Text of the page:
Combating The Hyperactive Hive Mind
If you could identify with some of the behaviours in part one of the Hyperactive Hive Mind series, then you’re likely aware that how you work needs to change.
As the world shifts into more permanent forms of remote and hybrid models, it also drives our need to find a more structured form of collaboration. Remote work can be productive, satisfying and provide you with the work-life freedom you've been looking for - as long as you consciously refrain from the 'hive mentality'.
And you can, with a few new practices that are easy to integrate for your team.
Swap messaging for project management.
Replace unstructured texting and email with online scheduling and project management tools like Scrum, Trello, Basecamp or TeamWork. These options provide tools for team members to collaborate when they aren't in the office, while allowing meet-ups at specific times or when each phase of a project is complete. Help eliminate the need to ping team members with questions on the fly by checking on the status of a project at designated times, and set deadlines for each phase by having weekly or (quick) daily meetings that let people focus on the task at hand with an endpoint in mind - without being inundated with constant interruptions. You can also cut back on the need for live video calls and help eliminate that virtual fatigue so many workers are experiencing since the shift to remote work.
Set office hours.
How can you get work done if you're answering emails and instant messages every 15 minutes? You can't. And you can't always control how often people will send messages and emails either. But you can control whether you look at them every 15 minutes or not. Like anything else in life, you need to set boundaries. Even better than that, set office hours. If you create an expectation that you are only available to text, call, or check emails from 9-11 am and 3-5 pm, for example, coworkers will learn when to reach out if they need a quick answer. Otherwise, they can wait. In most cases, the issue isn't urgent enough to require a response in 15 minutes unless, of course, you're a brain surgeon.
Start as you mean to go on.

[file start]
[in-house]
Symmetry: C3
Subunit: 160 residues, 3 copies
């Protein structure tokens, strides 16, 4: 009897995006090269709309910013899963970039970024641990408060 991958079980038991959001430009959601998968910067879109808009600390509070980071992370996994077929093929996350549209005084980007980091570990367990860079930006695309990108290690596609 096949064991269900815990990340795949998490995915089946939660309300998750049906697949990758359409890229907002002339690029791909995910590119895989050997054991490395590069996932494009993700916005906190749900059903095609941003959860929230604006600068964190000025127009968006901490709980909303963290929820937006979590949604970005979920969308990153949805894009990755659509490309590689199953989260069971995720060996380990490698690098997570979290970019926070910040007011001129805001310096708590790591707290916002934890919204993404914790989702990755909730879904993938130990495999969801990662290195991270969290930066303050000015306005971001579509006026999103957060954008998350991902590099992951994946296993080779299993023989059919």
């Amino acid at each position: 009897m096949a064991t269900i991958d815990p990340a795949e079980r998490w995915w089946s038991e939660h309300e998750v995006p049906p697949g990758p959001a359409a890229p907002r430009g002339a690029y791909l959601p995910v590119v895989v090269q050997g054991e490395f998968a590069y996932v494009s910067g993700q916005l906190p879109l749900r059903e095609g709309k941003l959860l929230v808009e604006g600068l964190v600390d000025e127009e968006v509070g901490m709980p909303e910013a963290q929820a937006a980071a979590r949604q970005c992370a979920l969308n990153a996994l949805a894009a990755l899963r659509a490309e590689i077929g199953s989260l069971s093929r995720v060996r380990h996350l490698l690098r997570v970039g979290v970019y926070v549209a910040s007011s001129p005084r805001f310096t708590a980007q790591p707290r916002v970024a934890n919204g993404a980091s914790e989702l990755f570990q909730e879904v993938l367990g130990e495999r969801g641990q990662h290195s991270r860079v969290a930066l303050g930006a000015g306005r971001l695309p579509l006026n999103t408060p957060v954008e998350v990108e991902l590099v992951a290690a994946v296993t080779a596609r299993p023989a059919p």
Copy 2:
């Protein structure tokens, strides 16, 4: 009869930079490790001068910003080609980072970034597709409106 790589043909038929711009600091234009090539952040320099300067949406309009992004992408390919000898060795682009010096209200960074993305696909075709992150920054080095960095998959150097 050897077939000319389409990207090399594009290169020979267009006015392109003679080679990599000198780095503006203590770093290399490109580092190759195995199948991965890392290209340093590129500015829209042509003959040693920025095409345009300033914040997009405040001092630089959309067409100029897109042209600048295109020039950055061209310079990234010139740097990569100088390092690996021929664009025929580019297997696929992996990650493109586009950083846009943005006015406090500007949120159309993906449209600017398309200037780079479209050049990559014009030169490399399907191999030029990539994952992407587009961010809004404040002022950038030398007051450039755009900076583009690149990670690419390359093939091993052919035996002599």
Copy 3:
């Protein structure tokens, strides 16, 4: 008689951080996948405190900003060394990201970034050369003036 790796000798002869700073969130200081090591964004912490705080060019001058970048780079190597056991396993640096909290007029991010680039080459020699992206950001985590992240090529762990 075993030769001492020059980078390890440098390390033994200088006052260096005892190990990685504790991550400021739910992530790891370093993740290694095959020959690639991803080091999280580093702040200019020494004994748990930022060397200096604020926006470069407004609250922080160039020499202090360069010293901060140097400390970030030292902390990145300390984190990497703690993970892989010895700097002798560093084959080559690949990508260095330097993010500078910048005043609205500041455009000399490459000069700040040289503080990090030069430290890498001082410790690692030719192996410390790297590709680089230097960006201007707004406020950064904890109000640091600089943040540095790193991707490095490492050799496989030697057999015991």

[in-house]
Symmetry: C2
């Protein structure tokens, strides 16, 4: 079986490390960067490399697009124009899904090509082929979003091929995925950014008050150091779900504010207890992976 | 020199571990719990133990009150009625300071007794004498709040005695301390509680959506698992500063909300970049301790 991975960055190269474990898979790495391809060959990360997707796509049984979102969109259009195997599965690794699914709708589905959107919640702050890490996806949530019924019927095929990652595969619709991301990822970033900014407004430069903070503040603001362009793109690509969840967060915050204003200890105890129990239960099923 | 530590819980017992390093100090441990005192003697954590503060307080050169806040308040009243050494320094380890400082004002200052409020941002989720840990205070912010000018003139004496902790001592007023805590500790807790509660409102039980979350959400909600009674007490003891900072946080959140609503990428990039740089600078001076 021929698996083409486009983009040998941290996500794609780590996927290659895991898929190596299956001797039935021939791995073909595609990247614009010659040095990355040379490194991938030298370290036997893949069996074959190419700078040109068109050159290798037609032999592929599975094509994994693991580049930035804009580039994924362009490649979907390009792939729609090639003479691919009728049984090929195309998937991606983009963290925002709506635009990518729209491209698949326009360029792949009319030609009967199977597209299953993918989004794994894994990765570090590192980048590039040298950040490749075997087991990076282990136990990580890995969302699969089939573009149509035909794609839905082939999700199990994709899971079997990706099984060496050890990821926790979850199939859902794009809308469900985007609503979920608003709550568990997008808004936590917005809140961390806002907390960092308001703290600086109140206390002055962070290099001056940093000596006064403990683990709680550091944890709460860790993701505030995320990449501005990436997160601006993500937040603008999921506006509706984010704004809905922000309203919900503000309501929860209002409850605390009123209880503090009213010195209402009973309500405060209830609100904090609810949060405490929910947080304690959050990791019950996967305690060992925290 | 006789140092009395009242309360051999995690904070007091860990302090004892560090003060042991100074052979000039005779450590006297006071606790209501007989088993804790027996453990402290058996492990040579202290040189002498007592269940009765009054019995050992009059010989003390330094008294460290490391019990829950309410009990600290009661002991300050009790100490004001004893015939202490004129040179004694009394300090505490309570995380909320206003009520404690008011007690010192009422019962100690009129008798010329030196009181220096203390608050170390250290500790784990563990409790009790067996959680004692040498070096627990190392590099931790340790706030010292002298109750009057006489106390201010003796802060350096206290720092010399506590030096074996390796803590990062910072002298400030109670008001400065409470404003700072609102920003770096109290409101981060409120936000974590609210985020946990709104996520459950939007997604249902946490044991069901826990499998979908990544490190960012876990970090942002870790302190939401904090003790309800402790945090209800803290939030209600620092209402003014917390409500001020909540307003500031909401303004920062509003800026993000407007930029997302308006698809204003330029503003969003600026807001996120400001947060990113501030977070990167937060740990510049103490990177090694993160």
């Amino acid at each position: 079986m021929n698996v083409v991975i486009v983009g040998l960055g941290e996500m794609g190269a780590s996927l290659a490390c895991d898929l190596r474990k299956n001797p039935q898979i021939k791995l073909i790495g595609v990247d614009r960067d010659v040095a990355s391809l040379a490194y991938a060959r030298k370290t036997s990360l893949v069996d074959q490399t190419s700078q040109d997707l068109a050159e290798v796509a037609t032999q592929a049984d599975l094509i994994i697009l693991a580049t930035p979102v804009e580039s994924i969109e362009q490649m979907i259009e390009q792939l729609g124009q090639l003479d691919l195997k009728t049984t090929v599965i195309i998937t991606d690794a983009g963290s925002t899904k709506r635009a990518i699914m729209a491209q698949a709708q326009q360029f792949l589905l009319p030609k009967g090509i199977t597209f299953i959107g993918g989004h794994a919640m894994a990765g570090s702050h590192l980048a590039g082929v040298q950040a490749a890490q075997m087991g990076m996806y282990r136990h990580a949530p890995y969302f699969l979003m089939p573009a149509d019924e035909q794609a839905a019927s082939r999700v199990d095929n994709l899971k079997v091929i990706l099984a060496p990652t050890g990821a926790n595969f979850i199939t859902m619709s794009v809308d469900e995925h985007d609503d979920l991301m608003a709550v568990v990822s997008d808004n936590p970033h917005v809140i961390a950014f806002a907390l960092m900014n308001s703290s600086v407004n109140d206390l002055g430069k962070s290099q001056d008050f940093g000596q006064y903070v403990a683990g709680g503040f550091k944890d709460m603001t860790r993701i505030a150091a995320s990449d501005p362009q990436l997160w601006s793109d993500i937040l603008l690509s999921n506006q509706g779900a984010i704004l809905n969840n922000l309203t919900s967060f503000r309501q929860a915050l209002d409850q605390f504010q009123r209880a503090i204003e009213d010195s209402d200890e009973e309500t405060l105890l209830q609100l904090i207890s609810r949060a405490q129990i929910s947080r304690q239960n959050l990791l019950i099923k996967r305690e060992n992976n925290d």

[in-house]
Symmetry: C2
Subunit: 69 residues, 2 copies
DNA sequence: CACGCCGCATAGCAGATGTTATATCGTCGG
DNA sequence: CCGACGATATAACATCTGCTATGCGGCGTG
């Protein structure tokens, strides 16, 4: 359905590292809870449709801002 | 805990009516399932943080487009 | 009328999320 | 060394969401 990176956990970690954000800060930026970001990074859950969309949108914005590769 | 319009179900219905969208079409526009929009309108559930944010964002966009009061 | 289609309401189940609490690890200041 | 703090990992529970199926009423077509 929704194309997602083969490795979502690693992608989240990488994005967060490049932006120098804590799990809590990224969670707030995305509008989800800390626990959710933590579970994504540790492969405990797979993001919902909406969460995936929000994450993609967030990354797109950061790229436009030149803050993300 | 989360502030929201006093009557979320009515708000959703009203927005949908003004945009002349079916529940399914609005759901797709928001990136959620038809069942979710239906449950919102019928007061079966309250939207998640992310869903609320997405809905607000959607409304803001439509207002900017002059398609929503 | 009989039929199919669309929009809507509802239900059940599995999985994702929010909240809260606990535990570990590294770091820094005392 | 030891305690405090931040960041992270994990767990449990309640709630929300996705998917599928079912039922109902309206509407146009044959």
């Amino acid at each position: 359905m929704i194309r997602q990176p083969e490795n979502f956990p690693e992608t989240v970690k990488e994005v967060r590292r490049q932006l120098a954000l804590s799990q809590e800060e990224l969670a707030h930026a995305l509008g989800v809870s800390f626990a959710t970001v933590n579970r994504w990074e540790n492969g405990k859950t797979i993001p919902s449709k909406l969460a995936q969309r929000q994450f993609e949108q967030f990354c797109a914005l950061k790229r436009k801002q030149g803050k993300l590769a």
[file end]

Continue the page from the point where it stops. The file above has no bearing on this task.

Setting expectations is as vital for you as it is for the rest of your team. Establishing a routine that you can stick to teaches the rest of your team what your availability is. But expectations are only effective if you stick to them yourself. If you state your office hours are from 9-11 am and 3-5 pm every day, don't respond to emails and texts outside that window of time. If you do, you're teaching everyone they don't have to respect your time because you don't either. Be firm with yourself - setting a precedent that suits you empowers you to start as you mean to go on.
Constantly being on to respond to the number of communication tools we’ve adopted as remote workers is actually a recipe for disaster. Cal Newport, Georgetown University professor and author of Deep Work and Digital Minimalism says “it mismatches with the social circuits in our brain. It makes us feel bad that someone is waiting for us to reply to them. It makes us anxious.”
It sure does, and in a world where the competition for talent is increasing and people are leaving jobs because they're simply unhappy (and often overwhelmed), creating healthy communication dynamics for remote teams is essential to business continuity.
So, the next time you're inclined to multitask (or expect your team to juggle) multiple things at once while remaining in constant communication, remind yourself and your people that in the age of knowledge work, the mind is actually our capital investment.